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Immaculate Conception, Advent II

✠ The Bishop’s Corner ✠
Our second week of Advent belongs all to Mary Immaculate. The holy day and the Sunday merge in blazing glory. We can never honor her enough, nor trust too much in this loving Mother. Place your Advent preparations under her protection, and stay close to her. Continue the Novena at home. Did you know that Our Lady told St Catherine Laboure already in 1830 that religious of St Vincent De Paul must beware of bad reading, wasting time, and useless visiting? Now the so called “social media” invite, press us to do this first thing in the morning, and late into the night. Oh, they can serve a good purpose of course, sometimes even alerting shepherds that sheep or lambs are wandering. But for most people, it’s an easy addition to the three evils lamented by Our Lady. Advent resolutions, anyone?

Speaking of Advent, did you remember to cut a Barbara Branch on Wednesday? It seems there is a Barbara Bread as well, and we enjoyed a beautiful loaf of it, slightly sweet, and tasting of anise.

On First Thursday, we honored the priest St Sabbas the Sanctified, and prayed for our priests. The first of our Rorate Masses was sung. If there’s some rare winter sun about, the transformation from ead dark to splendid sunshine during the forty minute Mass is stunning in its simple symbolism. The Incarnation, the coming of Christ the Light of the World. The rest of the day was mild and sunny, a nice break from the December dark.

Speaking of light, we’ll need some help to get our lights up, both inside and out, as well as the decorations which make our church a real palace for the Little King each Christmas. Can you spare some time Saturday morning the 21st? Robins were passing through the other afternoon, their dark gold breastplates sparkling in the sun. The starlings are still claiming the good seats on the power lines for the end of day. Puccini is looking chic in his double white fur coat. I wonder if this portends a cold winter, er, “climate change?”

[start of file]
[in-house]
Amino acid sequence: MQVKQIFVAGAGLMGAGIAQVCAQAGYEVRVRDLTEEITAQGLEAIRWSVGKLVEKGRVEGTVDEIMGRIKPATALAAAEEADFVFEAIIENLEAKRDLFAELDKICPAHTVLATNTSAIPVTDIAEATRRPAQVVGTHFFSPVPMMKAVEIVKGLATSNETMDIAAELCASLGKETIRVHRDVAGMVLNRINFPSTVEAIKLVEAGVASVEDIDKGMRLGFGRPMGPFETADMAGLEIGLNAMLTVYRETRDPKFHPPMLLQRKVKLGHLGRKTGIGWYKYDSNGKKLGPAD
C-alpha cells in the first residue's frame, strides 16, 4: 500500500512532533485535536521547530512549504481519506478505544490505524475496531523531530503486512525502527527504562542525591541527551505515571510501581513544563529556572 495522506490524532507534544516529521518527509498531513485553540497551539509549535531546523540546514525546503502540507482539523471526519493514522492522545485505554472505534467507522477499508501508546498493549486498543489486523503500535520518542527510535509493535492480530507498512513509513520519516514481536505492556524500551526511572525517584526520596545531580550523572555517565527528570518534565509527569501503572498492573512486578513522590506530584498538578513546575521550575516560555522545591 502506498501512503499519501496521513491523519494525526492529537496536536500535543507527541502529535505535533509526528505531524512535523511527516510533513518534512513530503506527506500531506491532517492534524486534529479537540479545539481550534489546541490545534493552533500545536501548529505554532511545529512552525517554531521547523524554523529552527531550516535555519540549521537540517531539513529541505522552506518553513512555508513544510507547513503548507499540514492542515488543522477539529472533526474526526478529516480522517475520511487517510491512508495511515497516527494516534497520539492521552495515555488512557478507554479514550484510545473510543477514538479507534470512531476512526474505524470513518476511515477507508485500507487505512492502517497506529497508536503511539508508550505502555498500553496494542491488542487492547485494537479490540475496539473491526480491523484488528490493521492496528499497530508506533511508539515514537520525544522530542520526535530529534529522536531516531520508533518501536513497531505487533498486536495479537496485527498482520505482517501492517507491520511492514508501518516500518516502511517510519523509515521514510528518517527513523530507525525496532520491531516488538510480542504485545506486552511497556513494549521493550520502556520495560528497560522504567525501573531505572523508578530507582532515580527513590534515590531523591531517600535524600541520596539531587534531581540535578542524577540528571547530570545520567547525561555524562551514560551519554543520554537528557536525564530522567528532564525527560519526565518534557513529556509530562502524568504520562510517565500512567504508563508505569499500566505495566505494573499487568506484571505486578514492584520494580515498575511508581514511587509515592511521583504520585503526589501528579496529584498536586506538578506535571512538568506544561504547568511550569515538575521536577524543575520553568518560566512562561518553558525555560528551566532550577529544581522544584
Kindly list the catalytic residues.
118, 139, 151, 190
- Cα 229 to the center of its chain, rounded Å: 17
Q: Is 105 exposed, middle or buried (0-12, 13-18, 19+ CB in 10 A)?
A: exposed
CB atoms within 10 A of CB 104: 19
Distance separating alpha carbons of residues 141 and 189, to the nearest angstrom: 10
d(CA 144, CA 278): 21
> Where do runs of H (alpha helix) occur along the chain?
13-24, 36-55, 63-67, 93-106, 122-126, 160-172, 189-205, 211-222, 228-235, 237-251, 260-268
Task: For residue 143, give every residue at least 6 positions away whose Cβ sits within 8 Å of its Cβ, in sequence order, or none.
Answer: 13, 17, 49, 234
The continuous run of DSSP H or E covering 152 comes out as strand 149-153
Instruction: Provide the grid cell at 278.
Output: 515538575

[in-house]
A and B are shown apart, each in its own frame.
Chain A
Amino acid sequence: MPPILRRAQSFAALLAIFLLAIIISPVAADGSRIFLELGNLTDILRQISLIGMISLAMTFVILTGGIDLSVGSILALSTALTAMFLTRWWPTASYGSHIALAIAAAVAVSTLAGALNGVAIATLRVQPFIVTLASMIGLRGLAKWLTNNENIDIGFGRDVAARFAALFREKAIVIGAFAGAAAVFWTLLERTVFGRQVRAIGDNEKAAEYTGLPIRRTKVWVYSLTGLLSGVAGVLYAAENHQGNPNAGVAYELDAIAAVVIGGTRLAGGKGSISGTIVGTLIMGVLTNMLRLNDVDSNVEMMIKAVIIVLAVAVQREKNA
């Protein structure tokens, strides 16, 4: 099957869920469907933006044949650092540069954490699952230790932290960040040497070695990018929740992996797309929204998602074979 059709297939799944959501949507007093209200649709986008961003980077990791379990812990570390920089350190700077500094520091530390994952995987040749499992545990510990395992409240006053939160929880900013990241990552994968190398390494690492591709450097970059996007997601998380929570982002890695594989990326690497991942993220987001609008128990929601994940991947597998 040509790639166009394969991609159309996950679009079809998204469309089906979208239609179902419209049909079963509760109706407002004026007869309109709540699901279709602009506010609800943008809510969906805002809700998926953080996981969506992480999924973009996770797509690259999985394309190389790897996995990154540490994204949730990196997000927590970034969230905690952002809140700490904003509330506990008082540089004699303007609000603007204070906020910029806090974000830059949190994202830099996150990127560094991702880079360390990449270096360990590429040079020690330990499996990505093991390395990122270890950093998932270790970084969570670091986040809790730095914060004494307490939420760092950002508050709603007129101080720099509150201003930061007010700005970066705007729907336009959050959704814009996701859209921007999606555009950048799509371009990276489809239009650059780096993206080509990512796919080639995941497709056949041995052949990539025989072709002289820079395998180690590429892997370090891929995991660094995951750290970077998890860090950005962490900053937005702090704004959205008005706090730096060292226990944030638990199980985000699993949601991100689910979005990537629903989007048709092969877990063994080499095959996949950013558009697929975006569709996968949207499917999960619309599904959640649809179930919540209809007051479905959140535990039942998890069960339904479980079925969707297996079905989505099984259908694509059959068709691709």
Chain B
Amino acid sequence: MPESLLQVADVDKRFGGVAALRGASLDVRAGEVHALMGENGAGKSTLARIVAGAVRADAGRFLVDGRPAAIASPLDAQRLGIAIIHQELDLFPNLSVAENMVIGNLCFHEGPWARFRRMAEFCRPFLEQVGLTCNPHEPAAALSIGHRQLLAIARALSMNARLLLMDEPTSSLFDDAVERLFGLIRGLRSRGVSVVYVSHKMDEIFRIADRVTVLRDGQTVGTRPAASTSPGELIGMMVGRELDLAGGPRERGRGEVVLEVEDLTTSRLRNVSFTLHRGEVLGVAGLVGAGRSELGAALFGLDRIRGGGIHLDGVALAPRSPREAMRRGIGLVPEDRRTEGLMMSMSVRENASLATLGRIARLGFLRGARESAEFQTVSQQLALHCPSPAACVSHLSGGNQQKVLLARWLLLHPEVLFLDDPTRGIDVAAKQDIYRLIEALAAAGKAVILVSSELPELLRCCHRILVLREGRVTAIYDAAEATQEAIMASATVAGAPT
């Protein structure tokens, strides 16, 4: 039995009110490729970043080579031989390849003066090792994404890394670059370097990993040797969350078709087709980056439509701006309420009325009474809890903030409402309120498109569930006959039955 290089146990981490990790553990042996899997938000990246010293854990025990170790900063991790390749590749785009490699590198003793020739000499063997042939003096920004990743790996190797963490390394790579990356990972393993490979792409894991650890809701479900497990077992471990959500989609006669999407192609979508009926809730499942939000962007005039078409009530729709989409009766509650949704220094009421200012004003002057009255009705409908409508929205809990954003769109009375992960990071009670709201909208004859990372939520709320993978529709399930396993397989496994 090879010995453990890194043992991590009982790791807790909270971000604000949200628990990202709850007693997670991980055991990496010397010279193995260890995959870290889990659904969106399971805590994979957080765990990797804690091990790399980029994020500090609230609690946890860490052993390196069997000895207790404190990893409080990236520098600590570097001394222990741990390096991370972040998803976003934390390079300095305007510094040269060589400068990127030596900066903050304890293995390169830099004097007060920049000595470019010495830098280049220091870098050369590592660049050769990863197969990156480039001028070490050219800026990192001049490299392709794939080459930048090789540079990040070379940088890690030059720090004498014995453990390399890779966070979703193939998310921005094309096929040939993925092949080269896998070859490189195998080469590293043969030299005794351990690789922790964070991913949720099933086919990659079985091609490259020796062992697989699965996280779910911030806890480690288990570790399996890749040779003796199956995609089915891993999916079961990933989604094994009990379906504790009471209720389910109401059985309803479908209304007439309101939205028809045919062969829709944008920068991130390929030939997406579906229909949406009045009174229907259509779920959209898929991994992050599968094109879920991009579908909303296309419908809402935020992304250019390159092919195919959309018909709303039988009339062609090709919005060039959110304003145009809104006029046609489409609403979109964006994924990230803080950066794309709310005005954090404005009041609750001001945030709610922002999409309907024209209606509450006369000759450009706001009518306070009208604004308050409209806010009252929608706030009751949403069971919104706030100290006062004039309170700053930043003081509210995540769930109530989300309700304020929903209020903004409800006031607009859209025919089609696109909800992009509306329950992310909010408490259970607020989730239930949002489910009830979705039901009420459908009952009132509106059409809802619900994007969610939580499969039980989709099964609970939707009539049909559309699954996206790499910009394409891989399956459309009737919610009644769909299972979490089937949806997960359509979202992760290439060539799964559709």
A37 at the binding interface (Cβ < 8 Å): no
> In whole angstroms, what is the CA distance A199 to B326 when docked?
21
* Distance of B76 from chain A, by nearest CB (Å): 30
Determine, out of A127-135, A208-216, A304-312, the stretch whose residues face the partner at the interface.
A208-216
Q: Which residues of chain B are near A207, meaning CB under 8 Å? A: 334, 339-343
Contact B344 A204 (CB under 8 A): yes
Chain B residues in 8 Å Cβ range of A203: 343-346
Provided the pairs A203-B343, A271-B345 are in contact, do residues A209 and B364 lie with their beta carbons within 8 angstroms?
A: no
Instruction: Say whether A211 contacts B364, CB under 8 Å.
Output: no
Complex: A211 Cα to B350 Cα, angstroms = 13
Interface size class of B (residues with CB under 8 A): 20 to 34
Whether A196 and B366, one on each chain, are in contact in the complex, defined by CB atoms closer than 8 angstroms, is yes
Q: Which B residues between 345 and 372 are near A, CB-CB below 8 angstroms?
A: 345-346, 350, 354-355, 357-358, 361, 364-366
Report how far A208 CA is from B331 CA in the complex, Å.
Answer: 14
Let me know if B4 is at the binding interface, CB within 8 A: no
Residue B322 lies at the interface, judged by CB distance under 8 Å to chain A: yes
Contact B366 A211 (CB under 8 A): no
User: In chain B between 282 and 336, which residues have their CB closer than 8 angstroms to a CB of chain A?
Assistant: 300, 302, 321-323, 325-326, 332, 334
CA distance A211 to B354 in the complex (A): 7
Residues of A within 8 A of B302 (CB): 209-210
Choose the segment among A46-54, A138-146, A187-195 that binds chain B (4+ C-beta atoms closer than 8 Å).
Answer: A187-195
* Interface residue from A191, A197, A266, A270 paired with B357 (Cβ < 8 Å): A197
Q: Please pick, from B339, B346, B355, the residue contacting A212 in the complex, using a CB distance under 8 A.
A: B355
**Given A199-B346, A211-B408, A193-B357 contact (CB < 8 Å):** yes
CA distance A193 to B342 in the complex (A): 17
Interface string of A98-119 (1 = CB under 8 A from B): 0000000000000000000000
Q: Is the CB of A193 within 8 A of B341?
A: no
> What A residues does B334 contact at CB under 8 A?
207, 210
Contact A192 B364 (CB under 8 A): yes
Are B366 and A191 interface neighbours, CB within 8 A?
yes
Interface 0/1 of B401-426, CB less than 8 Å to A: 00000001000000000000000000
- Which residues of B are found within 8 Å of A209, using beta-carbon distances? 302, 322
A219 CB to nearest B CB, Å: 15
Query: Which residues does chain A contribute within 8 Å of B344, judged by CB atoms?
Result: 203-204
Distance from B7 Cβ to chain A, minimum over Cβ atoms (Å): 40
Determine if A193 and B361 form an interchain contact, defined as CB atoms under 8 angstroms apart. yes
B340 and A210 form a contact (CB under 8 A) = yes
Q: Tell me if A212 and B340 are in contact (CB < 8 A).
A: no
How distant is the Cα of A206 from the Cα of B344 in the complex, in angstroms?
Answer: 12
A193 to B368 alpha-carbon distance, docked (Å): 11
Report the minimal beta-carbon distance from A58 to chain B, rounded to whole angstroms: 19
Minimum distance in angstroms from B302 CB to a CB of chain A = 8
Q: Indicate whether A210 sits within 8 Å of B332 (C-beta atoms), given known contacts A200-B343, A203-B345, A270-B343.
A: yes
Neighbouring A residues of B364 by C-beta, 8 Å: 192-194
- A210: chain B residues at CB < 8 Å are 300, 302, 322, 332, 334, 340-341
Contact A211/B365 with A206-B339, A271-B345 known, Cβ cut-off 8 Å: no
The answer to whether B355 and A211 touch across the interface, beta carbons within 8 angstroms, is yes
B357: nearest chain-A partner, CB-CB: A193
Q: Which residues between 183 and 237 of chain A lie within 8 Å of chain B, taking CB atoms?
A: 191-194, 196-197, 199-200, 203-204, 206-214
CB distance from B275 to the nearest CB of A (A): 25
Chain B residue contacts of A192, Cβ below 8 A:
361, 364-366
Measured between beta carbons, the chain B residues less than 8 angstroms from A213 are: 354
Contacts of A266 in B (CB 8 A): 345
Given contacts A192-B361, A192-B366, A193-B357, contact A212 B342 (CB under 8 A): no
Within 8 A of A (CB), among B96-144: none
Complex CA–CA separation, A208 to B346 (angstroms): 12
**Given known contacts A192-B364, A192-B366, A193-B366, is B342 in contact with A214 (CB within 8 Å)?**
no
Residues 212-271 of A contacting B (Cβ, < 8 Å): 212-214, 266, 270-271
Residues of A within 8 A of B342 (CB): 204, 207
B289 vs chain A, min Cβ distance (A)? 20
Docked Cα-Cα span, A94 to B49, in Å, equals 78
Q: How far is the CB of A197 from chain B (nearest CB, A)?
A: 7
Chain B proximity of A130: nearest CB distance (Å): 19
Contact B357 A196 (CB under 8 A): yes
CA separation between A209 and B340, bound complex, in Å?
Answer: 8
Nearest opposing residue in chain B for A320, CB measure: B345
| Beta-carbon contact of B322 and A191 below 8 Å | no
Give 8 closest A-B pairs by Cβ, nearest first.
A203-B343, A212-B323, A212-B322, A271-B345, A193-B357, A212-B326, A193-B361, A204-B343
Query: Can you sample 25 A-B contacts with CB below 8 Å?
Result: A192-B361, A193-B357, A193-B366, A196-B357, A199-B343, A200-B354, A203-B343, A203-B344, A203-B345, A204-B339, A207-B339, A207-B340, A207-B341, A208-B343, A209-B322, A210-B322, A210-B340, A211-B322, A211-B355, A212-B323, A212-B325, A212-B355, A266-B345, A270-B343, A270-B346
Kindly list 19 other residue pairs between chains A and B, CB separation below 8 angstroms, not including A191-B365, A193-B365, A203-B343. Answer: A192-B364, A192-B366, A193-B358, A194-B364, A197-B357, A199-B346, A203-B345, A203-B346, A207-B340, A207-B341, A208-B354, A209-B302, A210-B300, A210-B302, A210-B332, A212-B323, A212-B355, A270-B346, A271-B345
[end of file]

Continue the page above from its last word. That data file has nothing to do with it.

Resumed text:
Earlier this week the cat was licking its wound from some nocturnal enemy encounter, but it’s grown over now. Cats cure their ills by sleeping, but in their discretion, you’d hardly notice. They sleep a lot anyway. But if under the weather they fast until better. My old friend the owl has arrived for December as is traditional, but is so far keeping silent. He’s the wise one.

St Nicholas is visiting this morning. This is so joyful a season, especially for children, and children at heart. But strive to regain some of the innocence so easily lost, and you’ll have a real gift come Christmas.

I send a blessing home with you, and a prayer for those we see no more, or barely, rarely. Mary keep you.

—Bp. Dolan